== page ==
Why Day 2 in Perth Was the Day the 2013/14 Ashes Contest Finally Ended

Tim CollinsFeatured ColumnistDecember 14, 2013

PERTH, AUSTRALIA - DECEMBER 14:  Peter Siddle of Australia celebrates dismissing Kevin Pietersen of England during day two of the Third Ashes Test Match between Australia and England at WACA on December 14, 2013 in Perth, Australia.  (Photo by Gareth Copley/Getty Images)
Gareth Copley/Getty Images

As play resumed after tea for the final session at the WACA Ground on Saturday, England faced an evening that would ultimately decide the outcome of their Ashes defence. 

Chasing a deceptively strong total of 385 from the home side, the visitors had scrapped their way to a delicate 91-2 with just a couple of hours remaining in a compelling second day. At the crease stood Alastair Cook and Kevin Pietersen, the two men most capable of reversing England's fortunes in a bleak campaign.

Of course, it seems that each and every session of this series has been labelled as both decisive and critical; our eagerness to hype the importance of small periods growing with every hour that passes.

Yet, the nature of the Test venue in Perth places a greater emphasis on brief periods than most arenas; the almost frantic speed that matches take on in Western Australia meaning results can be determined in less than an hour.

That highlight-a-minute cricket that often presents itself at the WACA Ground was evident on the opening day, when Australia rattled along at five runs per over for their first 150, carelessly losing wickets at almost the same speed.

With the Test's breakneck pace better suiting the aggressive hosts, England desperately needed to take the spoils from a vital final session on Day 2.

But after a grinding day—a largely unusual occurrence in Perth—was completed, it was Australia who had seized the initiative. 

PERTH, AUSTRALIA - DECEMBER 14:  England captain Alastair Cook reacts after being dismissed by Nathan Lyon of Australia during day two of the Third Ashes Test Match between Australia and England at WACA on December 14, 2013 in Perth, Australia.  (Photo by
Gareth Copley/Getty Images

Cook, who had reined in his game to compile a gritty but hardly fluent 72, was the man to first succumb to the weight of the final session. 

After cutting Nathan Lyon to the fence just two balls prior, the England captain attempted the same stroke again, but could only gift a straightforward catch to David Warner at point—ironically the man who had given his wicket away in the very same manner just 24 hours earlier.

Cook's anguished expression as he left the field was indicative of a man who recognised what his demise meant for his side; the captain's struggles at the top removing the calm that was once associated with England's fabled batting order.

It's perhaps Cook's strike rate that best outlines Australia's success against the prolific left-hander. In his emphatic triumphs on Australian soil in 2010-11, Cook scored at 53.26 runs per 100 balls. In this series, that number has plummeted to 38.88.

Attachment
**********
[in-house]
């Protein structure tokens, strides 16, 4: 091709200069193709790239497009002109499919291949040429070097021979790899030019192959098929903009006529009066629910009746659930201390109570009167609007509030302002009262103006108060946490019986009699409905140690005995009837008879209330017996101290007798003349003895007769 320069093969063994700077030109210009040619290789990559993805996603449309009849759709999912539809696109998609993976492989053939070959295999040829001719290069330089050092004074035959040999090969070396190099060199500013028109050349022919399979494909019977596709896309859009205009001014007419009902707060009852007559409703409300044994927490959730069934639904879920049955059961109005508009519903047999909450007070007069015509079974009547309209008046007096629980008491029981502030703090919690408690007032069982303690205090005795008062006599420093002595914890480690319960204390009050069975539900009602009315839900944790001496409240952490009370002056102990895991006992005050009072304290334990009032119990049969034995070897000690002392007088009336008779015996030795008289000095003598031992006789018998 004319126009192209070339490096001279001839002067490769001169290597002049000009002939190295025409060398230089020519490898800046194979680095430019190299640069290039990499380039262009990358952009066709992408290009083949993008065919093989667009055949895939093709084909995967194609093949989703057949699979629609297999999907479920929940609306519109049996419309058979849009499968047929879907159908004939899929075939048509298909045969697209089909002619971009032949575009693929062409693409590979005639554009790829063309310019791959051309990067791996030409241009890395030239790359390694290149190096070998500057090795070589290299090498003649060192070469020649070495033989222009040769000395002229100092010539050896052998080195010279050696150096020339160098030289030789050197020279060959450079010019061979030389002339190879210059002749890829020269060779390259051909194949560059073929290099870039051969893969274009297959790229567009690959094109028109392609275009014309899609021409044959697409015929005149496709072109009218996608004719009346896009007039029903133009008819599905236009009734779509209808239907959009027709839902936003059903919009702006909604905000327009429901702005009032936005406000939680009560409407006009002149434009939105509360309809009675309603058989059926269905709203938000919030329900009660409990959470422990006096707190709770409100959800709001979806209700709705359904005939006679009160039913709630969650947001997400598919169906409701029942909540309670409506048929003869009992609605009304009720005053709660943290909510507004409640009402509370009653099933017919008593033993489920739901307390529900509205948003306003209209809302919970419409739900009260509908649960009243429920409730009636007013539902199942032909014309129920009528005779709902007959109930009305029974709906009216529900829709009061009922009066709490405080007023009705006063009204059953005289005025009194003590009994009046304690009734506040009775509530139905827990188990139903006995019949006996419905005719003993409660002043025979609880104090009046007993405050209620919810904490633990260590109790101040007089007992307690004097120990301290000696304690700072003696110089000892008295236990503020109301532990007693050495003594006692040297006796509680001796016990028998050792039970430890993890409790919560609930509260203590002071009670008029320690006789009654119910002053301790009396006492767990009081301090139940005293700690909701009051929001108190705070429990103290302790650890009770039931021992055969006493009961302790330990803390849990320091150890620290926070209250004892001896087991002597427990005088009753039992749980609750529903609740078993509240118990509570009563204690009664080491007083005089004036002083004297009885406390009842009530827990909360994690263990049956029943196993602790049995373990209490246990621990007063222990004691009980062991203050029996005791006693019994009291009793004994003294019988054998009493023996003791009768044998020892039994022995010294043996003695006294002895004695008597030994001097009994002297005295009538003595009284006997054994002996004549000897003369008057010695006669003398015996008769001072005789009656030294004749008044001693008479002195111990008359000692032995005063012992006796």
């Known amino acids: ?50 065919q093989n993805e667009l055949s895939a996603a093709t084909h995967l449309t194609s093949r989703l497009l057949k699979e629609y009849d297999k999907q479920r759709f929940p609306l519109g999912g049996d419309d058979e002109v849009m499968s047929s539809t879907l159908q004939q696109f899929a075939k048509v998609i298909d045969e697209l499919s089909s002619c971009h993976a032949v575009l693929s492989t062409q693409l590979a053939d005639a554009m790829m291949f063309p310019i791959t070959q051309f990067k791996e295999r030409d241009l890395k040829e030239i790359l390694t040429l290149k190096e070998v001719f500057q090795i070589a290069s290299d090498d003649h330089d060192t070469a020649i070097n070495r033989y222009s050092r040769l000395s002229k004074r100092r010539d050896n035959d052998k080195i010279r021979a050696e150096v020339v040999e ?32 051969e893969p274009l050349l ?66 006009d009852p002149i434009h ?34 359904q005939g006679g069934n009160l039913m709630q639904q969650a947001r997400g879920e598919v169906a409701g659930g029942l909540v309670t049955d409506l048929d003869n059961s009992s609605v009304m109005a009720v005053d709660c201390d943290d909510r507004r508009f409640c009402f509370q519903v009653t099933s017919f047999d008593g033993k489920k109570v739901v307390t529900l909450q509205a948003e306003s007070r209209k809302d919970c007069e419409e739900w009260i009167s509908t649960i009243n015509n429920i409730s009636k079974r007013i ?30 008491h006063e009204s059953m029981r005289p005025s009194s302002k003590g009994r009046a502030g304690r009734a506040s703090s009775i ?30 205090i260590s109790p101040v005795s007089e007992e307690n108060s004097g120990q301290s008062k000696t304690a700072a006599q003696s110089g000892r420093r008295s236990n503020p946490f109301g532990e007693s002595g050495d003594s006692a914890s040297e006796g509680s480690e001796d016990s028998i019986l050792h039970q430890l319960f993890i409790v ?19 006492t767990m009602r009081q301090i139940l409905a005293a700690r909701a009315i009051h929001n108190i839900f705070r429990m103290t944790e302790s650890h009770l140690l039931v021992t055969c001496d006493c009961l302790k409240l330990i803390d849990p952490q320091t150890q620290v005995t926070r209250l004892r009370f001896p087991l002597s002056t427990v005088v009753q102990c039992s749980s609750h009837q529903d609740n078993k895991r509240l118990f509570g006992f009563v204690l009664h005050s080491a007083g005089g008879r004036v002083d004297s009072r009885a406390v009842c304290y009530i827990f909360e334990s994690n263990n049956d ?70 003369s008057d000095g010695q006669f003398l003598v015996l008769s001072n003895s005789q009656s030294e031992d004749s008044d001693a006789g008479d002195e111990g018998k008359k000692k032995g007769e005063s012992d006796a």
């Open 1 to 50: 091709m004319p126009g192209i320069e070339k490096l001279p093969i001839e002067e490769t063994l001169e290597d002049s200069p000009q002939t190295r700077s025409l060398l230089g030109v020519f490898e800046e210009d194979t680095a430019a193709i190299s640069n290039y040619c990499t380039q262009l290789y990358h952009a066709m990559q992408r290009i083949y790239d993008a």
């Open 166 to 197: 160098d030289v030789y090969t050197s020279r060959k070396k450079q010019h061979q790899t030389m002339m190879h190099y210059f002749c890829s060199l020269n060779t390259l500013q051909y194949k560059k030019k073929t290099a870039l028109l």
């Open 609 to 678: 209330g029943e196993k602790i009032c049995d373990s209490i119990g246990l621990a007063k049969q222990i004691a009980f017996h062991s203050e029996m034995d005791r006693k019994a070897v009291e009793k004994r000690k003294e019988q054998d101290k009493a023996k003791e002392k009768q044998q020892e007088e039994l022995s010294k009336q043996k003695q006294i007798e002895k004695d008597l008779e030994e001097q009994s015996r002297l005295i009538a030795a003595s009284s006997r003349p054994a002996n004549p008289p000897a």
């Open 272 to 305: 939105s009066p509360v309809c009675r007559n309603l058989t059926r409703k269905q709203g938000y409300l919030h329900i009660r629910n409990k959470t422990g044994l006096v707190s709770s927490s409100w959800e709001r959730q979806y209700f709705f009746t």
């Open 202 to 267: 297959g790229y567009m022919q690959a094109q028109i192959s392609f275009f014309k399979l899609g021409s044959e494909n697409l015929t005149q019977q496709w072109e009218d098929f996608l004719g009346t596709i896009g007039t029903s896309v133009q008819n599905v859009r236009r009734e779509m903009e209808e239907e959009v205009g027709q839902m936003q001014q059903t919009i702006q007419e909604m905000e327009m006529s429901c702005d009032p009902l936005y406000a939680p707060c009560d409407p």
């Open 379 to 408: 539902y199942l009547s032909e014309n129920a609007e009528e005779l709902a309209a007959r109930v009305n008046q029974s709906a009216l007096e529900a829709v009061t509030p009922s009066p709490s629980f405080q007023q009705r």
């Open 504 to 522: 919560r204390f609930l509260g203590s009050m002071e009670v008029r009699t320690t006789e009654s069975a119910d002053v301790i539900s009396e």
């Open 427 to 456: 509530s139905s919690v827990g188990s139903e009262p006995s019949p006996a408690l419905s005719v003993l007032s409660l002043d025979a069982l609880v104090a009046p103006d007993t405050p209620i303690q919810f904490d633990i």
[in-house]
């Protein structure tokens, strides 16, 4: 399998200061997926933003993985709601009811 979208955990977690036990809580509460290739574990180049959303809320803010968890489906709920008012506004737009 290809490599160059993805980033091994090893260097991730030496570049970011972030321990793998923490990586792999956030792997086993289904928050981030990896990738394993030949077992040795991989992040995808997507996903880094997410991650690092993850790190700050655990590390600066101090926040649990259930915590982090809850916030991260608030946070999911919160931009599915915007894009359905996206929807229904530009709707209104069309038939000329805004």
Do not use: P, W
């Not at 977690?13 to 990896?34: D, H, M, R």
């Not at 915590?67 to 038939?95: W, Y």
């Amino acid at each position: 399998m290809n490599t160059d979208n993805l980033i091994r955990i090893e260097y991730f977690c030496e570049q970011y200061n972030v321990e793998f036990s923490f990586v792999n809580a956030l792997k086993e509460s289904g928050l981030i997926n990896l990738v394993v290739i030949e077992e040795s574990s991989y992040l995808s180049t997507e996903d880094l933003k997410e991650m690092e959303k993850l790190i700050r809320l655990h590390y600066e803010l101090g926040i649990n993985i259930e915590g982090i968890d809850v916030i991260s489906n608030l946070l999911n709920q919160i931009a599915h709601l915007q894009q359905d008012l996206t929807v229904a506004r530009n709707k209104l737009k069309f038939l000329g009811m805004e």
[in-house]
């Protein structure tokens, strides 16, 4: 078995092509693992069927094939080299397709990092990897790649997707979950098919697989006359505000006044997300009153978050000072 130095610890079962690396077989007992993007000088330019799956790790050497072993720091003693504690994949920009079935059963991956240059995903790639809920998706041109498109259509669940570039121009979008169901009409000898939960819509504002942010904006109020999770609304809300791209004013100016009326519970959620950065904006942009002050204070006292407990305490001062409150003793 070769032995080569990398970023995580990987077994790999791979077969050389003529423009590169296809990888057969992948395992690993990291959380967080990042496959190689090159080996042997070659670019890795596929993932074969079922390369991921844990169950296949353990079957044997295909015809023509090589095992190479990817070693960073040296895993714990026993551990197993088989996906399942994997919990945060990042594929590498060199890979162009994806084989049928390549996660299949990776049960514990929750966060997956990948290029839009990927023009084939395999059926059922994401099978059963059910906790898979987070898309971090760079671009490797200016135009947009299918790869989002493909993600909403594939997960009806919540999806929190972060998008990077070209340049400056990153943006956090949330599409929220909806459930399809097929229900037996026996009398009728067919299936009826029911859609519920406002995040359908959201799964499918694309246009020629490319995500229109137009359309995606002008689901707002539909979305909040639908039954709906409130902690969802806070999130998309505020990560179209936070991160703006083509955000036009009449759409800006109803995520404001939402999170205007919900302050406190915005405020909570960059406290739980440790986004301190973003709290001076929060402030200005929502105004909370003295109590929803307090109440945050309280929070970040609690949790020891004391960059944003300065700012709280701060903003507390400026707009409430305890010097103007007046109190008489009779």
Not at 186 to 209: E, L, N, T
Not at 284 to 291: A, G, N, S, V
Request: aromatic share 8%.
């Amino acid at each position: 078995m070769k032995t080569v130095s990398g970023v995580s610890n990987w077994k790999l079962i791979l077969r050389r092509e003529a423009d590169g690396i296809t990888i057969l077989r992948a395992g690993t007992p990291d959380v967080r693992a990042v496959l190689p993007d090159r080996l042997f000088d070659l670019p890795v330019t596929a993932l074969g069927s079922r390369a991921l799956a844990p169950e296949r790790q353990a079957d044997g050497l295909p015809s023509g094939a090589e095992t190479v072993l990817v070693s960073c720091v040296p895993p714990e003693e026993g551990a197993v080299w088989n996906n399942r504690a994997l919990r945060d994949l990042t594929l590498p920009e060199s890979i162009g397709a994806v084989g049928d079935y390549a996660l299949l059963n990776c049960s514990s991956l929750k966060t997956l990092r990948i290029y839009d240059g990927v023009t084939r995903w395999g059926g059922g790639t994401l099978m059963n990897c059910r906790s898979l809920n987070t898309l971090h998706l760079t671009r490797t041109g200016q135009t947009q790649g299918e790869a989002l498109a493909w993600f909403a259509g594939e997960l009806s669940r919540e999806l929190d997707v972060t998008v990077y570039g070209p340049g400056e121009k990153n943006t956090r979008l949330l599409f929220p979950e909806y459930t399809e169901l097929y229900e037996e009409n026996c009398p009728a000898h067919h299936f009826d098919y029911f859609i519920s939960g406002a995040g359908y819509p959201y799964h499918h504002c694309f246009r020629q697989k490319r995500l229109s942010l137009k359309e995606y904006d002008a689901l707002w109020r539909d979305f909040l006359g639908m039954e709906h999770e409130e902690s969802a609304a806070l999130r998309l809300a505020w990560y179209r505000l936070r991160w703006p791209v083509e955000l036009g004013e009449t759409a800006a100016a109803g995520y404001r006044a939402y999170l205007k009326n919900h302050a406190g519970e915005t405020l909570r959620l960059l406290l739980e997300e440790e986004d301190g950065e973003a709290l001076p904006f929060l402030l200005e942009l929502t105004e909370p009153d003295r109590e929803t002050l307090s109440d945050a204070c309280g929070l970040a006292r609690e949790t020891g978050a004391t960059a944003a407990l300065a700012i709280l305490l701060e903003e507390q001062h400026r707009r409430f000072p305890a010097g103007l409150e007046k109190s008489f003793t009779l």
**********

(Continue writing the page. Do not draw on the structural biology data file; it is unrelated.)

The fall of the captain left Pietersen—England's most gifted performer—as the key man of the session. A breathtaking masterpiece, of which he is certainly capable, would shift the balance of the match; a quick exit likely ending it. 

The precarious situation seemed to rob the right-hander of his instincts, as he uncharacteristically crawled to just four from his first 43 balls faced. A lucky edge through the slips and a tickle to fine-leg off Mitchell Johnson eventually got his innings moving, but a grossly mistimed heave off Peter Siddle resulted in an athletic grab from Johnson at mid-on just minutes later.

With Siddle letting out a primal roar upon capturing the magical Englishman for a remarkable 10th time in Test cricket, it was uncomfortable to watch Pietersen depart with such uncertainty. 

Caught between a rock and a hard place—an apt situation on this Perth pitch—England's talisman appeared to have temporarily lost the usual clarity with which he performs. His reluctance to attack in his customary manner suggested that even the most domineering of men can be overawed by the combination of pressure and burden. 

Despite Johnson failing to capture another haul of wickets—actually failing to grab just one—Australia found a different recipe, with the other four bowlers, including Shane Watson, all grabbing one scalp apiece.

Certainly, it's easy to point out that the visitors still have six wickets in the shed, but the loss of England's two most influential swordsmen has effectively ended this contest.

Both the match and the series.

Ian Bell, still his side's most composed performer, has just a raw Ben Stokes, an out-of-form Matt Prior, and a suddenly brittle tail left to bat alongside.

With cracks wider than the chasm in performance between the teams already opening up on a wicket being baked in 40-degree heat, the task of chasing any number in excess of 250 in the fourth innings will be a strenuous one for Cook and his men.

More pointedly, Australia's almost incensed craving for revenge is driving an impressively unrelenting approach from Michael Clarke's side; something that appears unlikely to cease whilst in another dominant position.

While England have defiantly quelled the questions surrounding their will and courage, Australia's tormentors are now ripe for the picking; a fatigued outfit with lingering issues being exposed by a rejuvenated group more hell-bent on winning than any of us suspected.

The Test will, of course, resume on Sunday, with England clinging to hopes of a Day 3 revival. But without Cook and Pietersen to alter the match's direction, the battle-weary visitors face the steepest of climbs to avoid a third consecutive defeat.

Right now, that climb appears to be a few steps too far for England.